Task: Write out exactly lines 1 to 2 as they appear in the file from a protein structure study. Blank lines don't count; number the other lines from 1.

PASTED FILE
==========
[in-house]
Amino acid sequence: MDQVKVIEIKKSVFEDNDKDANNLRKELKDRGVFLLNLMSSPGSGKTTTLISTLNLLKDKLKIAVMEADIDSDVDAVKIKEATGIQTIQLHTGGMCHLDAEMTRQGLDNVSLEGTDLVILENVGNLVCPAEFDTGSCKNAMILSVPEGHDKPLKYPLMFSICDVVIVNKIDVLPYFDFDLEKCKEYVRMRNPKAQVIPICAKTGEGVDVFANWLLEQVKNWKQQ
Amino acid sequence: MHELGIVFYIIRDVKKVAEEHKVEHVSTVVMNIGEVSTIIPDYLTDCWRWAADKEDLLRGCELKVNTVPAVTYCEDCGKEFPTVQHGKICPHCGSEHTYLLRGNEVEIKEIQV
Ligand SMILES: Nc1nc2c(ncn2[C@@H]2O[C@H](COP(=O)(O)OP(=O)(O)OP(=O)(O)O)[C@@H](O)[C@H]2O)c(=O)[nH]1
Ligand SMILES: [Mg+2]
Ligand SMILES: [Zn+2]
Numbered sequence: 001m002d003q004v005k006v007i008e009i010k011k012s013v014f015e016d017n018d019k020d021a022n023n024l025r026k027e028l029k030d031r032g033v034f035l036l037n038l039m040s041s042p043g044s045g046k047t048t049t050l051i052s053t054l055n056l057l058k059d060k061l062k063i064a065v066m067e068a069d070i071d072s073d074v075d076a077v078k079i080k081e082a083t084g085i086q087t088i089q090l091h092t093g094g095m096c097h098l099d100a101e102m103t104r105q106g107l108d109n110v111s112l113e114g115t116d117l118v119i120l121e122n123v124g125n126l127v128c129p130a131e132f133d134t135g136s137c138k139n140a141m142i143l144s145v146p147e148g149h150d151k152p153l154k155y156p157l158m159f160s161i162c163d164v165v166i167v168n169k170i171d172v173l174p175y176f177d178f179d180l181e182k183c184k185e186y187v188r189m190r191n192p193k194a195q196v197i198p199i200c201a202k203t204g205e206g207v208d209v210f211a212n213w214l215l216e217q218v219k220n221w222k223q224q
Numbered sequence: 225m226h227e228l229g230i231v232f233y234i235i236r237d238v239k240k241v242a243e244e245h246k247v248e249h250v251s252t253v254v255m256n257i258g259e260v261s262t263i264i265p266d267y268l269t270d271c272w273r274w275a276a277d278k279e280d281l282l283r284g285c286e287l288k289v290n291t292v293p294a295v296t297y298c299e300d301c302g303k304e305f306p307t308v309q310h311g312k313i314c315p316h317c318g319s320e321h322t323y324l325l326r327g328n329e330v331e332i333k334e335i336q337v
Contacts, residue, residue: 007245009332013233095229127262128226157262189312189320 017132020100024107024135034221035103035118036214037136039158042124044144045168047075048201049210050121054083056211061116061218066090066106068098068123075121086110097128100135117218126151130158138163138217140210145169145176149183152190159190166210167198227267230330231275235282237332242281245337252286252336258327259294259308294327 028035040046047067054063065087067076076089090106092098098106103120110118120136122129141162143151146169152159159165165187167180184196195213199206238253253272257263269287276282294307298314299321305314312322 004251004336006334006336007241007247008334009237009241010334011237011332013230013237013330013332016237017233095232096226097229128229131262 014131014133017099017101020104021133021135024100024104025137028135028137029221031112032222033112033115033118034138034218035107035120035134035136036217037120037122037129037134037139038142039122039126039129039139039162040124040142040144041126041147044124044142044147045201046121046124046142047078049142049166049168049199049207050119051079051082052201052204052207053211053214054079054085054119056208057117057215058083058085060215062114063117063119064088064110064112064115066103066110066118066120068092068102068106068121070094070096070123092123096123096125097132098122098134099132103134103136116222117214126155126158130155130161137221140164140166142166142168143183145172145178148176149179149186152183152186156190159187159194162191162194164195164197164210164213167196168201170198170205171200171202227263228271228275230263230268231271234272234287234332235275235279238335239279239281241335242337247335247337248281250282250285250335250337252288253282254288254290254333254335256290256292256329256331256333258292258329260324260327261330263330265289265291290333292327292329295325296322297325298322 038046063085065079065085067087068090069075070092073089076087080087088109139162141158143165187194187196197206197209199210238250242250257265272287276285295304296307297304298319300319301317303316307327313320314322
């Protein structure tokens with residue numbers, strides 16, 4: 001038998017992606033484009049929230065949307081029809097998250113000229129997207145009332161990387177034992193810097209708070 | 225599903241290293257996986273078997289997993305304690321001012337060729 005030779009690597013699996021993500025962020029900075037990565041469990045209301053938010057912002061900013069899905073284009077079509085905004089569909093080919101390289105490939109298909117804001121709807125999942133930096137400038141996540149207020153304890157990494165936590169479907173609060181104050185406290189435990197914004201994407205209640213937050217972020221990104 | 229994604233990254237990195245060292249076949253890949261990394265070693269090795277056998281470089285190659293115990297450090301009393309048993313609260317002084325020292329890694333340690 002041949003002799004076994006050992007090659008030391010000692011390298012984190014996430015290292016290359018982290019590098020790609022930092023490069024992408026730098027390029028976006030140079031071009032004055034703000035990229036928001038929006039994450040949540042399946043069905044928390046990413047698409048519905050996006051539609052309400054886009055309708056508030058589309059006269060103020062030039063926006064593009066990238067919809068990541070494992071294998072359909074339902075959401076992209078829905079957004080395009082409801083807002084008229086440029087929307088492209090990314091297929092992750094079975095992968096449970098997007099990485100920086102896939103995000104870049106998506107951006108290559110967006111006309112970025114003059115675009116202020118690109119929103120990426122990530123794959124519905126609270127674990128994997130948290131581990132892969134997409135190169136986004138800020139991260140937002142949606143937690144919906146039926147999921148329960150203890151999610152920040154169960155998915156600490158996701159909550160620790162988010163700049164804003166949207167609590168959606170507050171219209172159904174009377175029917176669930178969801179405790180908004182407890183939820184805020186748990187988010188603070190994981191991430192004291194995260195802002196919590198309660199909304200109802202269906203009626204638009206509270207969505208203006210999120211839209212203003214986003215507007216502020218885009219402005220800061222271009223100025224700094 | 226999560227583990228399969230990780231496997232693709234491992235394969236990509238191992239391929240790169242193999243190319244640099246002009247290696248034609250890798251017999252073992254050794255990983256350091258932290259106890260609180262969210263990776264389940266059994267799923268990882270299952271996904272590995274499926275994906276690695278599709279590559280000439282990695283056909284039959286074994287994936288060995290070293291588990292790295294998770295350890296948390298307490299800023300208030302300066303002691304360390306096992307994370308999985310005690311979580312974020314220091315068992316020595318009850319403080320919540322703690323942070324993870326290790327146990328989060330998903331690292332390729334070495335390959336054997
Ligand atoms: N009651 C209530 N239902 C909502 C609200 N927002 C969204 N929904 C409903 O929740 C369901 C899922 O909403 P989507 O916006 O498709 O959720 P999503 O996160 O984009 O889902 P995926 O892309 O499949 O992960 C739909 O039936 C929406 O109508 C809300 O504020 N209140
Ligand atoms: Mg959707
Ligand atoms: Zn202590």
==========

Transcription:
[in-house]
Amino acid sequence: MDQVKVIEIKKSVFEDNDKDANNLRKELKDRGVFLLNLMSSPGSGKTTTLISTLNLLKDKLKIAVMEADIDSDVDAVKIKEATGIQTIQLHTGGMCHLDAEMTRQGLDNVSLEGTDLVILENVGNLVCPAEFDTGSCKNAMILSVPEGHDKPLKYPLMFSICDVVIVNKIDVLPYFDFDLEKCKEYVRMRNPKAQVIPICAKTGEGVDVFANWLLEQVKNWKQQ